Richard Perry

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Greater Manchester Marathon 2015 Goals for this Year

Mandarin Language Challenge Take 2

  |     |   Languages, Mandarin, Challenges

So things kind of stalled on my Mandarin Language Challenge after I finished in 2012 (actually, it stalled before the end, but that’s another story :wink:). Since then, I’ve dipped in and out a bit here and there, but I haven’t really done anything concrete, and I haven’t kept it going for any length of time. Now it is time to actually do something about it. Since the start of the year I have been very busy with my marathon training, but now I have a lot more time and I feel it’s time for another challenge to try to kickstart my learning again.

This time, I am looking at a much more concrete end goal with some mini goals in between. I will be keeping track of my progress and reporting back as regularly as I feel able. As additional motivation for this challenge, I am going to be sitting either the HSK 3 or HSK 4 exam as close to the end of September as I can. I will be looking at which level to go for towards the end of June once I have a better idea of the level that I think I can actually achieve.

The HSK (or Hànyǔ Shuǐpíng Kǎoshì/汉语水平考试) is China’s only standardised test of Chinese Language Proficiency for non-native speakers and as such, I think it is a good target. The following table describes the current structure of the HSK system including the amount of vocabulary needed for each level and a description of what each level represents. For more details, please visit the official Hanban website.

Level Vocabulary Description
(cumulative / new)
(cumulative / new)
1 150 150 174 174 Designed for learners who can understand and use some simple Chinese characters and sentences to communicate, and prepares them for continuing their Chinese studies. In HSK 1 all characters are provided along with Pinyin.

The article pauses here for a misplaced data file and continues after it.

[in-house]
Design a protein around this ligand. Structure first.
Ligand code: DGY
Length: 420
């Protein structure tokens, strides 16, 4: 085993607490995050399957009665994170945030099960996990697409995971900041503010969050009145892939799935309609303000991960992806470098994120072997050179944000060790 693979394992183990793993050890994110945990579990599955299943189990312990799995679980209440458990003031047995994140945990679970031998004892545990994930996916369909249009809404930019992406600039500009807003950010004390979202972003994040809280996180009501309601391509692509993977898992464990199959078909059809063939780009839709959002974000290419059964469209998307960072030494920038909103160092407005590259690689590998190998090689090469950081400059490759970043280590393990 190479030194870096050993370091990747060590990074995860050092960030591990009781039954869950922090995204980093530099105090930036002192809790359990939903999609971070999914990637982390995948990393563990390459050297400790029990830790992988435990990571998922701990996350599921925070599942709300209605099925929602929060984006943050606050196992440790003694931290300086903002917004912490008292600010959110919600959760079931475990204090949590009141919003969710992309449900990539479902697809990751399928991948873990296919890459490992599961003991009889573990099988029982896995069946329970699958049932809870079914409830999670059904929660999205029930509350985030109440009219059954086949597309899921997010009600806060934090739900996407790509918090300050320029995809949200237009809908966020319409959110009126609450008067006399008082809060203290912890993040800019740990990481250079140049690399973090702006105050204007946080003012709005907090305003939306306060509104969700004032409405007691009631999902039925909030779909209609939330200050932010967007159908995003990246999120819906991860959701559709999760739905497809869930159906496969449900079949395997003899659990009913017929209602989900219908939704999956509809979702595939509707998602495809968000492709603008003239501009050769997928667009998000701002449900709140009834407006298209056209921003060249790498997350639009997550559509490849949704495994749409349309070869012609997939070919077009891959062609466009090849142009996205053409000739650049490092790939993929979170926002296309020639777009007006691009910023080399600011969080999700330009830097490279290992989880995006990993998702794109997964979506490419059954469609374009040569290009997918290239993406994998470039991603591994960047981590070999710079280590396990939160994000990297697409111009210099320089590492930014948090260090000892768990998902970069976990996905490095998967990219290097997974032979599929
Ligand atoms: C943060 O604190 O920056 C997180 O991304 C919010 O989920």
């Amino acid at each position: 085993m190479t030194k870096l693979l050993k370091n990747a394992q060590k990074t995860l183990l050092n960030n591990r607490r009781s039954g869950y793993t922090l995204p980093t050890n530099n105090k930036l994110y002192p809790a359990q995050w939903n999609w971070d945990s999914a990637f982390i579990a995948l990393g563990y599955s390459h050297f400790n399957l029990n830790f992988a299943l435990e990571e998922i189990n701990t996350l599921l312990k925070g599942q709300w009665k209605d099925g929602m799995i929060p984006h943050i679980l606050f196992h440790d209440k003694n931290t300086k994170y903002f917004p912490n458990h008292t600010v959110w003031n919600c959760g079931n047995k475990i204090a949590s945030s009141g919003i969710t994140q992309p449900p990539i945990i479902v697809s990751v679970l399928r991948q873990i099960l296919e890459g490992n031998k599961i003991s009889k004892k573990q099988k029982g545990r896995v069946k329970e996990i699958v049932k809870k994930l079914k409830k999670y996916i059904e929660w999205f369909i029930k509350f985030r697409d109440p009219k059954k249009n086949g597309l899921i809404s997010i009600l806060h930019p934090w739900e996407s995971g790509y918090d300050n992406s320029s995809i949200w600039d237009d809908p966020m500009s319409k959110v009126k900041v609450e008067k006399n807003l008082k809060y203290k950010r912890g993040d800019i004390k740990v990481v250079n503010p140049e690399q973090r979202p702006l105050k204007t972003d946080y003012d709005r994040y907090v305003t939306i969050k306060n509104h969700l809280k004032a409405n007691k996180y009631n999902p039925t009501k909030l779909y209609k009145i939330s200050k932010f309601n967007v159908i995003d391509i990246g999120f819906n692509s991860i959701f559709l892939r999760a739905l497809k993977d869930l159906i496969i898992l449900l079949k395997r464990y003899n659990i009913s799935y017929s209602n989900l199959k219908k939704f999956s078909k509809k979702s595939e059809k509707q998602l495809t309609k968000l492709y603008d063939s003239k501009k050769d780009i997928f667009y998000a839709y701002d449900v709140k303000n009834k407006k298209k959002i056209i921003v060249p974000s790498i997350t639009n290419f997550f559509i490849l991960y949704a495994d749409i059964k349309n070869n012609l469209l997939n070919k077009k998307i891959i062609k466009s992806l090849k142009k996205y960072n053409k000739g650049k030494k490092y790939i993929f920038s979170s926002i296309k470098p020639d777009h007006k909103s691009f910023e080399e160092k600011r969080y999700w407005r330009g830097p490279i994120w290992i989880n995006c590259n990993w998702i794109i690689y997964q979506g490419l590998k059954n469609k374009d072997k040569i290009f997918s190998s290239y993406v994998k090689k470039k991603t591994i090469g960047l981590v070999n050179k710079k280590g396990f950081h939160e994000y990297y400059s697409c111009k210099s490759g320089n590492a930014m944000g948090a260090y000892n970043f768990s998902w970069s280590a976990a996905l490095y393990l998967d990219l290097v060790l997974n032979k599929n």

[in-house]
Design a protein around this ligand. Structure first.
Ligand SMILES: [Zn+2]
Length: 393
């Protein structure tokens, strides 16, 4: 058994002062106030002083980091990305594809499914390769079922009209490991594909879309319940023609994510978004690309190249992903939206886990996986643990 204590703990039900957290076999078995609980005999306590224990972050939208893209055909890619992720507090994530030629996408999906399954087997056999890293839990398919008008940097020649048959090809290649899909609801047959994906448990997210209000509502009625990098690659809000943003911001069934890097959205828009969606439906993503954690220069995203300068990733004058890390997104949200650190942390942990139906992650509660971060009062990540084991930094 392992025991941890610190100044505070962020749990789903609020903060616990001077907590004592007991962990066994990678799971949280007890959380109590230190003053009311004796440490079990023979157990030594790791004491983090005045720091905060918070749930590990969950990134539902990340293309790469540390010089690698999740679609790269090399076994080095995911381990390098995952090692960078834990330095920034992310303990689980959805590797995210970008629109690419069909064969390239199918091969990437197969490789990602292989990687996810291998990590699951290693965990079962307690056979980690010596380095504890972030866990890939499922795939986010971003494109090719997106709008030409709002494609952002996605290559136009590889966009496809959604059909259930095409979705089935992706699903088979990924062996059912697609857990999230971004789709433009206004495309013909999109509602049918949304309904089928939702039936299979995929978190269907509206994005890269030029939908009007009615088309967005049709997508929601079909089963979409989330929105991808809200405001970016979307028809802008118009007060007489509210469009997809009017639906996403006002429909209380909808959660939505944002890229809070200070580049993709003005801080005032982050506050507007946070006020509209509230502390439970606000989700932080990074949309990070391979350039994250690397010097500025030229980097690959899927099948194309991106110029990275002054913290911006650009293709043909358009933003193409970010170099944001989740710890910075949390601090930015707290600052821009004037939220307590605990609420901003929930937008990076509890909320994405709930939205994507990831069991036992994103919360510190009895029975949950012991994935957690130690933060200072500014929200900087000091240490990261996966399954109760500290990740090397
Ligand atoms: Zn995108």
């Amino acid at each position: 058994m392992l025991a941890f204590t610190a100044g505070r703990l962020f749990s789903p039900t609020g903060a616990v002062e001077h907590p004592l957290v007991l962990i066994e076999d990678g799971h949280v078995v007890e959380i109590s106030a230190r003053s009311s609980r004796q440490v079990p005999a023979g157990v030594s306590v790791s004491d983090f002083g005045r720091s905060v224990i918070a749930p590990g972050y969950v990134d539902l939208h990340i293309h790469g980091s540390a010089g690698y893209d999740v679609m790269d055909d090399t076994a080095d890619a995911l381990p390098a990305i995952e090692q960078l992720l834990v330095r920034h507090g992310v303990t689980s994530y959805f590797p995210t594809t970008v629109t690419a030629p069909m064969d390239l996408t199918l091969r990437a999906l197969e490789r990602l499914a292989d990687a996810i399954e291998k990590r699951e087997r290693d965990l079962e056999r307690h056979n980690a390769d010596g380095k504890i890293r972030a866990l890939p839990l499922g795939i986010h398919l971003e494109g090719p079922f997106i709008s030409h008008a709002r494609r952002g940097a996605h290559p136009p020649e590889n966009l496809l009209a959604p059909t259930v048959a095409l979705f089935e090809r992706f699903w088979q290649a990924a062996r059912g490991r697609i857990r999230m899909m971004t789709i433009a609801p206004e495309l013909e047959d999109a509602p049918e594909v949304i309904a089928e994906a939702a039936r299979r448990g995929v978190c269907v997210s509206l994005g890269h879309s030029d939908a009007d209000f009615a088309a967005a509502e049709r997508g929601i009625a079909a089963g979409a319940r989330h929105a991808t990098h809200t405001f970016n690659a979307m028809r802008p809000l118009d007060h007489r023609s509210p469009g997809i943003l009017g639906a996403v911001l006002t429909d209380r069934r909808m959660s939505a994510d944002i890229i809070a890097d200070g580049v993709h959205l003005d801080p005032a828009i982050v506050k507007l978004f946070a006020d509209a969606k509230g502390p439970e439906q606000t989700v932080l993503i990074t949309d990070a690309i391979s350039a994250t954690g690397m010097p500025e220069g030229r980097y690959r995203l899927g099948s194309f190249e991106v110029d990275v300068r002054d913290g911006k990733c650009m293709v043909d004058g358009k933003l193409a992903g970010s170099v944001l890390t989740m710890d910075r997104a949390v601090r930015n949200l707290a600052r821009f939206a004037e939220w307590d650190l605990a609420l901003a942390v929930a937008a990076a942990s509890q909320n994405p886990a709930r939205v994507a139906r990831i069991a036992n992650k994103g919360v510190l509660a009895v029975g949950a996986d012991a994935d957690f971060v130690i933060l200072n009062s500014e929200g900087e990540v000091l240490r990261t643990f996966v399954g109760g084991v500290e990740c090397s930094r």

2 300 150 347 173 Designed for learners who can use Chinese in a simple and direct manner, applying it in a basic fashion to their daily lives. In HSK 2 all characters are provided along with Pinyin as well.
3 600 300 617 270 Designed for learners who can use Chinese to serve the demands of their personal lives, studies and work, and are capable of completing most of the communicative tasks they experience during their Chinese tour.
4 1200 600 1064 447 Designed for learners who can discuss a relatively wide range of topics in Chinese and are capable of communicating with Chinese speakers at a high standard.
5 2500 1300 1685 621 Designed for learners who can read Chinese newspapers and magazines, watch Chinese films and are capable of writing and delivering a lengthy speech in Chinese.
6 5000 2500 2663 978 Designed for learners who can easily understand any information communicated in Chinese and are capable of smoothly expressing themselves in written or oral form.

There is some dispute about the levels of the HSK when compared to the CEFR (or Common European Framework of Reference for Languages) levels meaning that HSK 3/4 is, realistically, still not quite intermediate level. I think this would make it a fairly sensible target for me. Now I’ve just got to get off my backside and put the effort in :wink:.

For the next week, I will be looking at getting my basic phrases and vocabulary back, doing some pronunciation work and getting back into a routine with the learning materials I have. The aim is to publish a video to show how things have gone at the end of the week/beginning of next week. The idea will be to write a very basic script in English, and try to translate it off the top of my head. Wish me luck :smile:.

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